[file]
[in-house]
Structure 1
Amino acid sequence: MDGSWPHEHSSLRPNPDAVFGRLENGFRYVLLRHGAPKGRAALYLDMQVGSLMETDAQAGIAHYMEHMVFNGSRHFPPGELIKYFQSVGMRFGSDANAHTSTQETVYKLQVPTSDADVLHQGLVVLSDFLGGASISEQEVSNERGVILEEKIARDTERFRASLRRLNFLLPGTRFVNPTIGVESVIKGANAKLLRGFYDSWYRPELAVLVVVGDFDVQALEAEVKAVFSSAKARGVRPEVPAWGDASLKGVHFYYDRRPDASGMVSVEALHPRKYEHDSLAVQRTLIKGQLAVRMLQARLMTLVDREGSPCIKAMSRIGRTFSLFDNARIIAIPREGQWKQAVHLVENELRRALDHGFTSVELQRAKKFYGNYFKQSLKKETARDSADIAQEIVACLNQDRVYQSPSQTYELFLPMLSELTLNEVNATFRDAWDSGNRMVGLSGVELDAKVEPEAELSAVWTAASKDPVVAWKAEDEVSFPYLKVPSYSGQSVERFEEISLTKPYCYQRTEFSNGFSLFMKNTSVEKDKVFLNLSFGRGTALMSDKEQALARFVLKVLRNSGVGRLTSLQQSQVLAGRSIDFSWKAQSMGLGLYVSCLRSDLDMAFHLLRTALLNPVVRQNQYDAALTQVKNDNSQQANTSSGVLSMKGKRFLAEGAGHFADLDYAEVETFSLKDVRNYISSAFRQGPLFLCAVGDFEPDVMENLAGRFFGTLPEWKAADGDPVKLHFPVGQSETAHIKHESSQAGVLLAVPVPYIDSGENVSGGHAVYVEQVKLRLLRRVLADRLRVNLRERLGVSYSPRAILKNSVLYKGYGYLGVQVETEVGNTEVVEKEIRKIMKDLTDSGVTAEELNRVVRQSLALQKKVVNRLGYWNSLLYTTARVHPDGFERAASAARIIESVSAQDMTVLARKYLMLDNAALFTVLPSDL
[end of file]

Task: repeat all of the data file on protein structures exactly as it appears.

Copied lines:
[in-house]
Structure 1
Amino acid sequence: MDGSWPHEHSSLRPNPDAVFGRLENGFRYVLLRHGAPKGRAALYLDMQVGSLMETDAQAGIAHYMEHMVFNGSRHFPPGELIKYFQSVGMRFGSDANAHTSTQETVYKLQVPTSDADVLHQGLVVLSDFLGGASISEQEVSNERGVILEEKIARDTERFRASLRRLNFLLPGTRFVNPTIGVESVIKGANAKLLRGFYDSWYRPELAVLVVVGDFDVQALEAEVKAVFSSAKARGVRPEVPAWGDASLKGVHFYYDRRPDASGMVSVEALHPRKYEHDSLAVQRTLIKGQLAVRMLQARLMTLVDREGSPCIKAMSRIGRTFSLFDNARIIAIPREGQWKQAVHLVENELRRALDHGFTSVELQRAKKFYGNYFKQSLKKETARDSADIAQEIVACLNQDRVYQSPSQTYELFLPMLSELTLNEVNATFRDAWDSGNRMVGLSGVELDAKVEPEAELSAVWTAASKDPVVAWKAEDEVSFPYLKVPSYSGQSVERFEEISLTKPYCYQRTEFSNGFSLFMKNTSVEKDKVFLNLSFGRGTALMSDKEQALARFVLKVLRNSGVGRLTSLQQSQVLAGRSIDFSWKAQSMGLGLYVSCLRSDLDMAFHLLRTALLNPVVRQNQYDAALTQVKNDNSQQANTSSGVLSMKGKRFLAEGAGHFADLDYAEVETFSLKDVRNYISSAFRQGPLFLCAVGDFEPDVMENLAGRFFGTLPEWKAADGDPVKLHFPVGQSETAHIKHESSQAGVLLAVPVPYIDSGENVSGGHAVYVEQVKLRLLRRVLADRLRVNLRERLGVSYSPRAILKNSVLYKGYGYLGVQVETEVGNTEVVEKEIRKIMKDLTDSGVTAEELNRVVRQSLALQKKVVNRLGYWNSLLYTTARVHPDGFERAASAARIIESVSAQDMTVLARKYLMLDNAALFTVLPSDL